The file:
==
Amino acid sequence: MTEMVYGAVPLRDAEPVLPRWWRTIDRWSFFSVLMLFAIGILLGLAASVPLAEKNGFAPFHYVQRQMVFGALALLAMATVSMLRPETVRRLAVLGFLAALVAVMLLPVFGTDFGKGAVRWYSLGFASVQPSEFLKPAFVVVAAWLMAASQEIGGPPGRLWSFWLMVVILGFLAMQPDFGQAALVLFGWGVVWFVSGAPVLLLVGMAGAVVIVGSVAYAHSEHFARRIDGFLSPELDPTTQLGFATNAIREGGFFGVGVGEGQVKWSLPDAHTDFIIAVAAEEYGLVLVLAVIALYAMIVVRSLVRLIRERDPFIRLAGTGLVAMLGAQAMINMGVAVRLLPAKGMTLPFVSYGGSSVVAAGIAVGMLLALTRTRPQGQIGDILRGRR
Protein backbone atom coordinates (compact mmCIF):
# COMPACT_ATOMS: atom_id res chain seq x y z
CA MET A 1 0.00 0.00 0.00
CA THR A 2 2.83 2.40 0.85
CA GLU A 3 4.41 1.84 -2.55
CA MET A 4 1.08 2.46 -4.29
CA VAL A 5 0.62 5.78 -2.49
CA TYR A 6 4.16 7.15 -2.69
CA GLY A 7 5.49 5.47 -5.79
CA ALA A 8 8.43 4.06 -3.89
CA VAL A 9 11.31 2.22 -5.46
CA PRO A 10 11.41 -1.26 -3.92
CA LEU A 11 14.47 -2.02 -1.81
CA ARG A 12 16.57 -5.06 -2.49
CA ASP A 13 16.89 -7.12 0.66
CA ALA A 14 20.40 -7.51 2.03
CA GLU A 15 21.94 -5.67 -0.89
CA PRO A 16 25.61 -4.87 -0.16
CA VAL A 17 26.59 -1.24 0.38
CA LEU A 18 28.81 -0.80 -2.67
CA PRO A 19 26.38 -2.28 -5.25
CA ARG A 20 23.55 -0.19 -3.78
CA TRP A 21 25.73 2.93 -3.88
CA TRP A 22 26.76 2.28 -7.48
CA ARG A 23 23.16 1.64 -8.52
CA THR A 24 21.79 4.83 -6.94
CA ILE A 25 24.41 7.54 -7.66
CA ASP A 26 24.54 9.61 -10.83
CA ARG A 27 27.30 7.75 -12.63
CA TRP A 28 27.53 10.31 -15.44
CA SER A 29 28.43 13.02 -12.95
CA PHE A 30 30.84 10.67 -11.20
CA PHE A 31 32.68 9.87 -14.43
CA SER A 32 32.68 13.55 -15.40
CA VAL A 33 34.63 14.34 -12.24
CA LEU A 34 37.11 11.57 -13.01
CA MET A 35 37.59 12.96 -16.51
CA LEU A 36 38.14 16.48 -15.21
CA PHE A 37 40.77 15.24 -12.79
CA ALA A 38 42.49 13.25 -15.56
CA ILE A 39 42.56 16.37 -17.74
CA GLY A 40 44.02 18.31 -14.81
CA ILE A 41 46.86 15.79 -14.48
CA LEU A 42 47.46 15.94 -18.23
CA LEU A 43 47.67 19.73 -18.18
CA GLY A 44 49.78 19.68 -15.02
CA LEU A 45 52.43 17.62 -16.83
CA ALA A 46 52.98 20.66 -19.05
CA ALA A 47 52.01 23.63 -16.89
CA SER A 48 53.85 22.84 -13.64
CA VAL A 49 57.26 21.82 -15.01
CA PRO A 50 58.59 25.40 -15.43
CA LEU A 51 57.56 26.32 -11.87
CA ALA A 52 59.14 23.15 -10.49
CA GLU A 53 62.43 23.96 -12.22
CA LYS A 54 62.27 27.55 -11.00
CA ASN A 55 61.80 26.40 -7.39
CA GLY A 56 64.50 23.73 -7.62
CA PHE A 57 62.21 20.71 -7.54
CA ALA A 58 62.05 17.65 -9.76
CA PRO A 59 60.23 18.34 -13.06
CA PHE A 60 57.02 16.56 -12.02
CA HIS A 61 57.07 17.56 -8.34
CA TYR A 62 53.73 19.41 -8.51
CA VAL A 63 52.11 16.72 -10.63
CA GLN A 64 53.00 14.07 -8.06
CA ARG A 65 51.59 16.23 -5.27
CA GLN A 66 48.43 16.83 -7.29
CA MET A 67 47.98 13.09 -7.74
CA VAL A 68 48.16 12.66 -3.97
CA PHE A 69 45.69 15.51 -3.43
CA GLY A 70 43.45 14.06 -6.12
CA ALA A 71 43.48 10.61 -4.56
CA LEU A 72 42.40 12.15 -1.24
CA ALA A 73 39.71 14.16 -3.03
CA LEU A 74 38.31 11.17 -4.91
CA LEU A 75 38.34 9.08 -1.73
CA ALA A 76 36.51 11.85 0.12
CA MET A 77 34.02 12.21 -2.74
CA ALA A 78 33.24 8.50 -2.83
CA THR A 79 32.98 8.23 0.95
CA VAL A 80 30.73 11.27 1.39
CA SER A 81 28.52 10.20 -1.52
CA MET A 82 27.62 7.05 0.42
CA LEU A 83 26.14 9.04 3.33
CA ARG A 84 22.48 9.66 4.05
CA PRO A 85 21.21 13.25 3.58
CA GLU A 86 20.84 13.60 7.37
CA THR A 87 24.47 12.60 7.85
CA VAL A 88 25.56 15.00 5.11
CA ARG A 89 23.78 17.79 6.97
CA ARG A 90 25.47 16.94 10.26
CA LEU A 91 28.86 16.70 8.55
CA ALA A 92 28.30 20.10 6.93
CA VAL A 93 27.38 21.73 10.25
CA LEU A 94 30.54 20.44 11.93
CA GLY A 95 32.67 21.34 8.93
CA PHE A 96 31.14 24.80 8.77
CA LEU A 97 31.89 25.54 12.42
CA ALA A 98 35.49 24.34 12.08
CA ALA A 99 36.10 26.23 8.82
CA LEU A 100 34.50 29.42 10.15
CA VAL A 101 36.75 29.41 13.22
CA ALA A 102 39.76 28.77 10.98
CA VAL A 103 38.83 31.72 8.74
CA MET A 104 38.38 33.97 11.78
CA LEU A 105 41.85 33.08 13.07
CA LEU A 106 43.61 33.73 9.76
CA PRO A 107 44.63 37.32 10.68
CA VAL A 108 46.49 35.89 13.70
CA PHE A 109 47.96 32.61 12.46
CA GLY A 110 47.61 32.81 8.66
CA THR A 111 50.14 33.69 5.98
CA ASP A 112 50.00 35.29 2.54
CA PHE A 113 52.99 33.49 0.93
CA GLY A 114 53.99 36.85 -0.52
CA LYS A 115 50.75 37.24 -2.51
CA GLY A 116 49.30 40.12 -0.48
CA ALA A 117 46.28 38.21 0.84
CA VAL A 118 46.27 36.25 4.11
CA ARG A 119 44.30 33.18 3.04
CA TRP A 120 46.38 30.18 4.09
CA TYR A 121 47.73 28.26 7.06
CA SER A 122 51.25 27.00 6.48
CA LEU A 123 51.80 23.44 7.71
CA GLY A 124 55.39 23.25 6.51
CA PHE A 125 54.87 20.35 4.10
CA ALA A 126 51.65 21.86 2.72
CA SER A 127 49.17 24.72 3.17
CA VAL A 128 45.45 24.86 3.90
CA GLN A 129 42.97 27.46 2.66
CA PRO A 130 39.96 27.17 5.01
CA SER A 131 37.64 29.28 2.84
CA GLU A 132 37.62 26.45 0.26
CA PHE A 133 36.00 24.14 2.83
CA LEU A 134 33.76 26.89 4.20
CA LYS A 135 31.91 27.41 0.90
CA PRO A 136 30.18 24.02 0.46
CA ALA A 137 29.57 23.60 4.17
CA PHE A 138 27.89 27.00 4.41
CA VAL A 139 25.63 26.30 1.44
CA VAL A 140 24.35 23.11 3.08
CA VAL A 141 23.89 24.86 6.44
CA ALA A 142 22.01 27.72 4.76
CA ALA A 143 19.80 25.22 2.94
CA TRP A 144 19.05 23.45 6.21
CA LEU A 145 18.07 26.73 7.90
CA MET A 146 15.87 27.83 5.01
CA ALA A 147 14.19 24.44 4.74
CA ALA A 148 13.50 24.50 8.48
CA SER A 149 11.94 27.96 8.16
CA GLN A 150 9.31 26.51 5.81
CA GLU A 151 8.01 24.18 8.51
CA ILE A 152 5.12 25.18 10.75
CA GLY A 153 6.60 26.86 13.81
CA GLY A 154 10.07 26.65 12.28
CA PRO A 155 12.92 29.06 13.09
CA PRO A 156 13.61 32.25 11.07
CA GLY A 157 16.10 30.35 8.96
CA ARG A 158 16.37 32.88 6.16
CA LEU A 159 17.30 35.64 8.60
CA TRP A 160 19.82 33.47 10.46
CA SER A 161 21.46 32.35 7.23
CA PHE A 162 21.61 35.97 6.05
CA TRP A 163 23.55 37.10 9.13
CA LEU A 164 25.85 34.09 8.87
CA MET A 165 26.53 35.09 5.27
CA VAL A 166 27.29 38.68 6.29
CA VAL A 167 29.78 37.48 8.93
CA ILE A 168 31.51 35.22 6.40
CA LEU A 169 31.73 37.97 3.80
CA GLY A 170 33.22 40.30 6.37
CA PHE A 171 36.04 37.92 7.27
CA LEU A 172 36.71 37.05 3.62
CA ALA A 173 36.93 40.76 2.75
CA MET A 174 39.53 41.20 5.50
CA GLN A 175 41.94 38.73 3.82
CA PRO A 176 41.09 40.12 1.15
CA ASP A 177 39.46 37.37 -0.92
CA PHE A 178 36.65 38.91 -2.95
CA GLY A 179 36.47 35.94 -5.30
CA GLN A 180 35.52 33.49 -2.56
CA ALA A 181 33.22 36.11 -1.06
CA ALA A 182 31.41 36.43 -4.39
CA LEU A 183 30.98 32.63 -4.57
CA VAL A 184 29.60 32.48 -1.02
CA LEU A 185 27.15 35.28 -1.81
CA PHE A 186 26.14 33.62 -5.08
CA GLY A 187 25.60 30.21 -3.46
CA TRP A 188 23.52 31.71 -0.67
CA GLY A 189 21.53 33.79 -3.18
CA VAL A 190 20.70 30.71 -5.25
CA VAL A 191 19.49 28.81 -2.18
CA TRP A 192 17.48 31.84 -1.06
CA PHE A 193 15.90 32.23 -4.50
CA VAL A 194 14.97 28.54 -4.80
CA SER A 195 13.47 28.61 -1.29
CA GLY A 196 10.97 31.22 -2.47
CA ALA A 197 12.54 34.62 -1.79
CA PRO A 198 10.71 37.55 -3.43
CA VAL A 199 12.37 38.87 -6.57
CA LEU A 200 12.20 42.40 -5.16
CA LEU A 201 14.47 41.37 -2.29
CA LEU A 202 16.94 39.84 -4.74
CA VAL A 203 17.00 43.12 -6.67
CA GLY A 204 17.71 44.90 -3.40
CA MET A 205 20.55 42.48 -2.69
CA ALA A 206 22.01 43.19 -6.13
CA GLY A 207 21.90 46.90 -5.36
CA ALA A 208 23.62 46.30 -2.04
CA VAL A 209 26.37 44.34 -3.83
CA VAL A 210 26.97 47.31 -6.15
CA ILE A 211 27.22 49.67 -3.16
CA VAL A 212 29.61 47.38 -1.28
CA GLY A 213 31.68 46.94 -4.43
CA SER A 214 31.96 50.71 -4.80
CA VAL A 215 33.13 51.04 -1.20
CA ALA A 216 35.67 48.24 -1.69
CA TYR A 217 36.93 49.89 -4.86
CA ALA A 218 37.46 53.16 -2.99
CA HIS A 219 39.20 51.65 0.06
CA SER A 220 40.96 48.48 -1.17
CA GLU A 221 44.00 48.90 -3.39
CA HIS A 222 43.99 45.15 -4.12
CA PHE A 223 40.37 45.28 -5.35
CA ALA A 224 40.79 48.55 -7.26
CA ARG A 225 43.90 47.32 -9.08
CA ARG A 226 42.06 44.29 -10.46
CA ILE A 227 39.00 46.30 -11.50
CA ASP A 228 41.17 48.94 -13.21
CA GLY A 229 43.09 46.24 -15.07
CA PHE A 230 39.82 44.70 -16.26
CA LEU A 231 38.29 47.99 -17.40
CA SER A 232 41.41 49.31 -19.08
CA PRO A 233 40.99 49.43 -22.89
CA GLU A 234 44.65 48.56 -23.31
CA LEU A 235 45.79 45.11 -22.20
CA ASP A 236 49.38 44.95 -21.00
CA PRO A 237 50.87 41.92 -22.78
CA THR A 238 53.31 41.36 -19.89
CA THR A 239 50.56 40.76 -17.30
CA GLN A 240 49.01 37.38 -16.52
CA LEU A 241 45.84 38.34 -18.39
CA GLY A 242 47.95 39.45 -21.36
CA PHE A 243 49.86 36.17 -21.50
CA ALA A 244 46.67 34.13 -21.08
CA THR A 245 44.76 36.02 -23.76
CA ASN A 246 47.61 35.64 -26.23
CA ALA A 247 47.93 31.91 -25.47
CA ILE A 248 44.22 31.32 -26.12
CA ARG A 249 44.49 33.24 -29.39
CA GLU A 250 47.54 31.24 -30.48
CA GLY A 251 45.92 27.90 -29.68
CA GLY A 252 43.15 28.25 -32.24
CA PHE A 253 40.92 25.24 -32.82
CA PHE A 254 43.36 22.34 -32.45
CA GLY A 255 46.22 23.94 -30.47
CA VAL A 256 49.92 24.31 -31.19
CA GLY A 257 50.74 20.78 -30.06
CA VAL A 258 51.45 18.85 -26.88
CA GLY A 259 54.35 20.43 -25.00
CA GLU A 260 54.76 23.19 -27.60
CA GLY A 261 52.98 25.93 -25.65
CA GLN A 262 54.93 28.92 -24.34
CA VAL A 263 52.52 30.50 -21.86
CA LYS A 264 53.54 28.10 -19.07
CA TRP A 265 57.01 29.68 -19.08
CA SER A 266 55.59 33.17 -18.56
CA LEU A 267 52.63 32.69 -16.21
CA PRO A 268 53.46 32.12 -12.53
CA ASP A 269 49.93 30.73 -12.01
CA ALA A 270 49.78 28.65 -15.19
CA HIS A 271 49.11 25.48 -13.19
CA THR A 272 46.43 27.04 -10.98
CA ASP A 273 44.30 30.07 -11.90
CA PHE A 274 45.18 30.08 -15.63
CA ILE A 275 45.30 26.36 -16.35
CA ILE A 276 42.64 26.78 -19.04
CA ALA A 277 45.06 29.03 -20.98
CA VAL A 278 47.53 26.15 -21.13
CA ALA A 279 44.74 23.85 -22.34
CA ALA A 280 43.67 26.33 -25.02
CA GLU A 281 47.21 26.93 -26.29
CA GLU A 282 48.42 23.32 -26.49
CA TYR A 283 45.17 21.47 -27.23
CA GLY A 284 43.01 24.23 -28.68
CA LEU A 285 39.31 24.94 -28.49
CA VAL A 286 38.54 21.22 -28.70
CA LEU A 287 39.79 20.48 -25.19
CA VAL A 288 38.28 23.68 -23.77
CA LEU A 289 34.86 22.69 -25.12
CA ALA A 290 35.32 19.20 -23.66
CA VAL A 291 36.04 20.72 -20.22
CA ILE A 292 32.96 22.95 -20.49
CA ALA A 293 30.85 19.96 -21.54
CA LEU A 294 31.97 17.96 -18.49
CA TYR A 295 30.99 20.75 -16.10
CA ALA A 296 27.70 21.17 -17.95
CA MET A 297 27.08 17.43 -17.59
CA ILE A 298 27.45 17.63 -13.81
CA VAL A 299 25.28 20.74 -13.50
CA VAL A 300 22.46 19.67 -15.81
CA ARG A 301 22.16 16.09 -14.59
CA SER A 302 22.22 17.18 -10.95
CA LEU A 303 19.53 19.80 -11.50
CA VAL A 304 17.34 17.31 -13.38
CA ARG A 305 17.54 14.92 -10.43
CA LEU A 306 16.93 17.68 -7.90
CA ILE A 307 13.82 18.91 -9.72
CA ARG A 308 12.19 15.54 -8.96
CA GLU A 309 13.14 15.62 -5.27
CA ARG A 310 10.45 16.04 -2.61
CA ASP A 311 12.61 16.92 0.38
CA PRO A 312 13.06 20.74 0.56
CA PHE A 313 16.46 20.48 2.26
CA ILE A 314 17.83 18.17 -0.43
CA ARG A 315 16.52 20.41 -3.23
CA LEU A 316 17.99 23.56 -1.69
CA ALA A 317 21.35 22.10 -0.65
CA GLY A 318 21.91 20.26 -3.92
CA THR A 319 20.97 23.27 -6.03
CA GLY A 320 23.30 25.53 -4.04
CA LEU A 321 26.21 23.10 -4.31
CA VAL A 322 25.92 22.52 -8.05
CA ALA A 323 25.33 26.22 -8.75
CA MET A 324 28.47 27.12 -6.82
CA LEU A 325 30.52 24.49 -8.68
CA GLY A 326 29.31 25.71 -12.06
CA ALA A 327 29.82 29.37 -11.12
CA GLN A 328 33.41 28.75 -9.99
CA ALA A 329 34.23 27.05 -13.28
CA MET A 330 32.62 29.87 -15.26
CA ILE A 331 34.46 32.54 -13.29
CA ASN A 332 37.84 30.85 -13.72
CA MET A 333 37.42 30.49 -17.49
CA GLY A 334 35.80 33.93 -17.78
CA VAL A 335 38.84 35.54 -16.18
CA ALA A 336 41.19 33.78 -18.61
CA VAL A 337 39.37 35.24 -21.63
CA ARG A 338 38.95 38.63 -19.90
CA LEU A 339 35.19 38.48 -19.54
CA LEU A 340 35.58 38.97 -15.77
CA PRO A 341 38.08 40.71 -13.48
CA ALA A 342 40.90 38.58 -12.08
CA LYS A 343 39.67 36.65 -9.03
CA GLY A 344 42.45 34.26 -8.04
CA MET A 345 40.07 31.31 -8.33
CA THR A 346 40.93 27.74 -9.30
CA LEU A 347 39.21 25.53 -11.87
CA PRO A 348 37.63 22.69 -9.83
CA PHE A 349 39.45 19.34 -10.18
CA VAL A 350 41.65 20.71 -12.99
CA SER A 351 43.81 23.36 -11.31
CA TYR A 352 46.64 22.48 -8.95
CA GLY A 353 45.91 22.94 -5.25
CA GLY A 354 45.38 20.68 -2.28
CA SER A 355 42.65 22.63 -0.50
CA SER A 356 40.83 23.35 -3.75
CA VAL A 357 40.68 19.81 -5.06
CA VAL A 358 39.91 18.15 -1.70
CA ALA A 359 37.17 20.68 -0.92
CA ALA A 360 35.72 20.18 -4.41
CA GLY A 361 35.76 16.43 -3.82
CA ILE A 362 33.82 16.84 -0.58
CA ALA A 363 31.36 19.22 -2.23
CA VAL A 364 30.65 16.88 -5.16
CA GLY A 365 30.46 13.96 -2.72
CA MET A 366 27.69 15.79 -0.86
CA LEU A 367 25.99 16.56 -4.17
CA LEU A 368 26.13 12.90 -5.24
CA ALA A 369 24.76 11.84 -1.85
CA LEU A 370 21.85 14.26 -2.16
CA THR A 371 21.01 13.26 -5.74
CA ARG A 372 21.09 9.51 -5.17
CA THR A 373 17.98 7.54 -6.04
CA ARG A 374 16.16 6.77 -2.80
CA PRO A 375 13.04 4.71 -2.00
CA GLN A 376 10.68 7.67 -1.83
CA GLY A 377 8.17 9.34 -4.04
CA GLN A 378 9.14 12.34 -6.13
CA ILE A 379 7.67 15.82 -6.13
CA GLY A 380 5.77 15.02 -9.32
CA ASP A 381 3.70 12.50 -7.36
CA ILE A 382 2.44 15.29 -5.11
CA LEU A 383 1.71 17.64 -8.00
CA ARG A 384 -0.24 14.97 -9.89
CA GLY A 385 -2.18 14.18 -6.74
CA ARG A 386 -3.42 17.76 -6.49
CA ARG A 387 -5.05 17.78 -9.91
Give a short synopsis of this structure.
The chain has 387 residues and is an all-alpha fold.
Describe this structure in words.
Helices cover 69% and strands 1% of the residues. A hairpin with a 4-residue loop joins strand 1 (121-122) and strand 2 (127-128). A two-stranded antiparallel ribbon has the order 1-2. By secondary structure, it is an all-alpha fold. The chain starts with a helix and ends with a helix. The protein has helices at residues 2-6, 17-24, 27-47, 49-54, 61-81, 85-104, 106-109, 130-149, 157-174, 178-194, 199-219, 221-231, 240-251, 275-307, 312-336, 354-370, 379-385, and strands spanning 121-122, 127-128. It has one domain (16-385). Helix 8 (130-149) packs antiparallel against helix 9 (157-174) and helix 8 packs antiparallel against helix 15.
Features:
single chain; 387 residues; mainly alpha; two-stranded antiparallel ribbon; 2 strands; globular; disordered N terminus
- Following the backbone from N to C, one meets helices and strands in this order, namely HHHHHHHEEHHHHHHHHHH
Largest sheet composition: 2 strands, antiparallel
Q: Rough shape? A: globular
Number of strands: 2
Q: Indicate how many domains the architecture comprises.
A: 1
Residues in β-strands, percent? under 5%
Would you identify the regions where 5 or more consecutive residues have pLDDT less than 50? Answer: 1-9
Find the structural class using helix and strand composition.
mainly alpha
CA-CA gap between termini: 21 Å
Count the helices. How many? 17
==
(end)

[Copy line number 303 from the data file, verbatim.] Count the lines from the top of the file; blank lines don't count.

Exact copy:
CA VAL A 300 22.46 19.67 -15.81